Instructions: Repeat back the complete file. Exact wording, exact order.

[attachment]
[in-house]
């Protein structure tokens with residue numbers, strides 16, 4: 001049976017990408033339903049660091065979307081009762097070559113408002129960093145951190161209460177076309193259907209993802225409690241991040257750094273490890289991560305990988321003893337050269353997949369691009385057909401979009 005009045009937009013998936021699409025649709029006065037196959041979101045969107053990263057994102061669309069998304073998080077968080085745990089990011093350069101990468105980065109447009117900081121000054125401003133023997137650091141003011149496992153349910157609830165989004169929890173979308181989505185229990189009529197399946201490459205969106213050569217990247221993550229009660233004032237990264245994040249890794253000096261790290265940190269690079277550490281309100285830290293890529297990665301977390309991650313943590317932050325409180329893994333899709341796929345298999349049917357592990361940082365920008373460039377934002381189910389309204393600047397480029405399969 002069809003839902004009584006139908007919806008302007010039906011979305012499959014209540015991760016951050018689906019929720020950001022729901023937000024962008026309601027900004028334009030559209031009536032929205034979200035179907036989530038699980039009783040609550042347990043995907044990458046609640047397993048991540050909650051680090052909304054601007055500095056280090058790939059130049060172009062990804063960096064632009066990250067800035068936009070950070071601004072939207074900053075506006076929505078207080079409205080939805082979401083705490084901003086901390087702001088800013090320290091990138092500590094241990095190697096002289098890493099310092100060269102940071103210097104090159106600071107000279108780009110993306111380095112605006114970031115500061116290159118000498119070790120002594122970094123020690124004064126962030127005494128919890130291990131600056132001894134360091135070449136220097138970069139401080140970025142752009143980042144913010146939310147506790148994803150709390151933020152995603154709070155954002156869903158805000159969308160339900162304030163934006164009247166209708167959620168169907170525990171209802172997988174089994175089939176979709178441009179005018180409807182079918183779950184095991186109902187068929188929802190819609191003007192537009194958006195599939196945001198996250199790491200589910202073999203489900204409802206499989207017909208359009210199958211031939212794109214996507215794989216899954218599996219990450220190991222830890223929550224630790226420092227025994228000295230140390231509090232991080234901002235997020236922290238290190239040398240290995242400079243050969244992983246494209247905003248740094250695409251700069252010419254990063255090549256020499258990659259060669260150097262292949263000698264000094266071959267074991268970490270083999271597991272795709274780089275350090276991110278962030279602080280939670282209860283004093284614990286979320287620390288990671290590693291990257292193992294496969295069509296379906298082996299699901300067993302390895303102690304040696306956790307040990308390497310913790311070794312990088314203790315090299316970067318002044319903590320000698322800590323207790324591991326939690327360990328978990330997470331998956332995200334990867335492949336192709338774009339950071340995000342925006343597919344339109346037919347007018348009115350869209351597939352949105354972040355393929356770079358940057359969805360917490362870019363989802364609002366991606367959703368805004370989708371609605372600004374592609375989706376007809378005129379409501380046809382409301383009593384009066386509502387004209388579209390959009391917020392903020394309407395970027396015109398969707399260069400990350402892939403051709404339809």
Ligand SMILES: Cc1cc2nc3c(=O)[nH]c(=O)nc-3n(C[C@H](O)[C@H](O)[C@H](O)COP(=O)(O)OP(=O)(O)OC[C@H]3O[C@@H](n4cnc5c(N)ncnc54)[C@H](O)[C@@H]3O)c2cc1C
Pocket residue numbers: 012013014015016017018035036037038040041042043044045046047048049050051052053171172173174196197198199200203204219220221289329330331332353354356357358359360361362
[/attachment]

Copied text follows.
[in-house]
């Protein structure tokens with residue numbers, strides 16, 4: 001049976017990408033339903049660091065979307081009762097070559113408002129960093145951190161209460177076309193259907209993802225409690241991040257750094273490890289991560305990988321003893337050269353997949369691009385057909401979009 005009045009937009013998936021699409025649709029006065037196959041979101045969107053990263057994102061669309069998304073998080077968080085745990089990011093350069101990468105980065109447009117900081121000054125401003133023997137650091141003011149496992153349910157609830165989004169929890173979308181989505185229990189009529197399946201490459205969106213050569217990247221993550229009660233004032237990264245994040249890794253000096261790290265940190269690079277550490281309100285830290293890529297990665301977390309991650313943590317932050325409180329893994333899709341796929345298999349049917357592990361940082365920008373460039377934002381189910389309204393600047397480029405399969 002069809003839902004009584006139908007919806008302007010039906011979305012499959014209540015991760016951050018689906019929720020950001022729901023937000024962008026309601027900004028334009030559209031009536032929205034979200035179907036989530038699980039009783040609550042347990043995907044990458046609640047397993048991540050909650051680090052909304054601007055500095056280090058790939059130049060172009062990804063960096064632009066990250067800035068936009070950070071601004072939207074900053075506006076929505078207080079409205080939805082979401083705490084901003086901390087702001088800013090320290091990138092500590094241990095190697096002289098890493099310092100060269102940071103210097104090159106600071107000279108780009110993306111380095112605006114970031115500061116290159118000498119070790120002594122970094123020690124004064126962030127005494128919890130291990131600056132001894134360091135070449136220097138970069139401080140970025142752009143980042144913010146939310147506790148994803150709390151933020152995603154709070155954002156869903158805000159969308160339900162304030163934006164009247166209708167959620168169907170525990171209802172997988174089994175089939176979709178441009179005018180409807182079918183779950184095991186109902187068929188929802190819609191003007192537009194958006195599939196945001198996250199790491200589910202073999203489900204409802206499989207017909208359009210199958211031939212794109214996507215794989216899954218599996219990450220190991222830890223929550224630790226420092227025994228000295230140390231509090232991080234901002235997020236922290238290190239040398240290995242400079243050969244992983246494209247905003248740094250695409251700069252010419254990063255090549256020499258990659259060669260150097262292949263000698264000094266071959267074991268970490270083999271597991272795709274780089275350090276991110278962030279602080280939670282209860283004093284614990286979320287620390288990671290590693291990257292193992294496969295069509296379906298082996299699901300067993302390895303102690304040696306956790307040990308390497310913790311070794312990088314203790315090299316970067318002044319903590320000698322800590323207790324591991326939690327360990328978990330997470331998956332995200334990867335492949336192709338774009339950071340995000342925006343597919344339109346037919347007018348009115350869209351597939352949105354972040355393929356770079358940057359969805360917490362870019363989802364609002366991606367959703368805004370989708371609605372600004374592609375989706376007809378005129379409501380046809382409301383009593384009066386509502387004209388579209390959009391917020392903020394309407395970027396015109398969707399260069400990350402892939403051709404339809």
Ligand SMILES: Cc1cc2nc3c(=O)[nH]c(=O)nc-3n(C[C@H](O)[C@H](O)[C@H](O)COP(=O)(O)OP(=O)(O)OC[C@H]3O[C@@H](n4cnc5c(N)ncnc54)[C@H](O)[C@@H]3O)c2cc1C
Pocket residue numbers: 012013014015016017018035036037038040041042043044045046047048049050051052053171172173174196197198199200203204219220221289329330331332353354356357358359360361362